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I'm interested in how one would go in getting this to work :

me = "this is a string"
class << me
  alias :old<< :<<
  def <<(text)
    old<<(text)
    puts "appended #{text}"
  end
end

I'd like that when something gets appended to the me variable, the object will use the redefined method.

If I try to run this, I get syntax error, unexpected ':', expecting kEND at :<<.

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OP looks sad :<< –  Nakilon Jul 1 '13 at 1:17

5 Answers 5

up vote 3 down vote accepted

:old<< looks like ":old <<". Try just :old, or if you really want, :"old<<" (but have fun calling it through that name).

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Suppose I'd really like to call it :old<<. Will the only way of calling it be with a send? –  Tempus Oct 22 '09 at 18:29
1  
I think it's silly -- why not just pick a real name? -- but yes, send(:"old<<", text) will work. Offhand, I can't think of any other methods to call something with an odd name like that. –  ephemient Oct 22 '09 at 18:34
    
Just out of curiosity :) –  Tempus Oct 22 '09 at 18:37
    
I actually did a similar thing the first time I aliased a setter method in Ruby. I named the alias 'old_value='. That won't work for obvious reasons :) –  Ed S. Oct 23 '09 at 23:21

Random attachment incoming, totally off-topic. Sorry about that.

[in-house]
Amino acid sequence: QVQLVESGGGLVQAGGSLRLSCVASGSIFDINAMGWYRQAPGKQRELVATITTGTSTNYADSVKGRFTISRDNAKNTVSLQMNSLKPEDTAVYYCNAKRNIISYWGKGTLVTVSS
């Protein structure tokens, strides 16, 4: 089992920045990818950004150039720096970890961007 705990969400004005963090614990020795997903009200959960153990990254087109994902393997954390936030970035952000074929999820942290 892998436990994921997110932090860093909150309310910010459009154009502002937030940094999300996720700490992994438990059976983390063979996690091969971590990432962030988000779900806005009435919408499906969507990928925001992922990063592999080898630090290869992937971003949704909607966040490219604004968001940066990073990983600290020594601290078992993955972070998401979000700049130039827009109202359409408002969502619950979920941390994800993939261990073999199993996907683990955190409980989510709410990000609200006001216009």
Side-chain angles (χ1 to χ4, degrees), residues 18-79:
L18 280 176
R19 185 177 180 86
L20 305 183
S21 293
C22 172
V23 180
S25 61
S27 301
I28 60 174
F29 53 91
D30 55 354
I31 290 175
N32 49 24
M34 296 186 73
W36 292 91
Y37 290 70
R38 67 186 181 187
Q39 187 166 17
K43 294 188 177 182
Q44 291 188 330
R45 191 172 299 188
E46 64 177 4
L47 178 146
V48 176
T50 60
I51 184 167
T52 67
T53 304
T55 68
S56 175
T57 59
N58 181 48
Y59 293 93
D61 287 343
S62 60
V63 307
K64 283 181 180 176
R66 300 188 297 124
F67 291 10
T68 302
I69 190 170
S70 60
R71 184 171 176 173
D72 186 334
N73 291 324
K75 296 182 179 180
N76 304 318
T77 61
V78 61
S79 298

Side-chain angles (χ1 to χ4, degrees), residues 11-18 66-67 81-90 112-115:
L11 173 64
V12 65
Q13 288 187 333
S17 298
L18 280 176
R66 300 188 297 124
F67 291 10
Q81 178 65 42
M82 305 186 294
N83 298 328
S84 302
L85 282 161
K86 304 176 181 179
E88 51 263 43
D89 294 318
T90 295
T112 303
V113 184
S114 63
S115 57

Only certain characters are allowed in symbol literals. You are looking for:

alias :"old<<" :"<<"
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As others have already explained, the problem is simply that old<< is not a legal Ruby identifier. You can, with tricks, create a method with that name, but you can't call it in the normal ways, and it certainly won't be recognized as an operator.

However, all the answers so far, while they have certainly answered your question, have completely ignored the underlying problem: that method shouldn't even have a name in the first place! And if it doesn't have a name, then the problem of the name being illegal simply doesn't even arise.

#!/usr/bin/env ruby

require 'test/unit'
require 'stringio'
class TestOperatorDecorator < Test::Unit::TestCase
  def setup; @old_stdout, $> = $>, (@fake_stdout = StringIO.new) end
  def teardown; $> = @old_stdout end

  def test_that_me_dot_append_writes_to_stdio
    me = 'this is a string'
    class << me
      old_method = instance_method :<<

      define_method :<< do |text|
        old_method.bind(self).(text)
        puts "appended #{text}"
      end
    end

    me << 'Test'

    assert_equal "appended Test\n", @fake_stdout.string
  end
end

In this case, the method never gets named, which not only means that we don't have to invent a name for it, it also means that it doesn't pollute the namespace.

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The problem is with :old<<. It gets interpreted as :old <<, i.e. a symbol :old followed by the << operator, so it is a syntax error. Maybe you can try :"old<<"?

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While I agree with thenduks and ephemient, You can alias the operator that way then use send to call it, you can also still use class inheritance. e.g.:

me = "is a string"

class << me
  def <<(text)
    super
    puts "appended #{text}"
  end
end

me << " bob"
puts me #=> is a string appended bob
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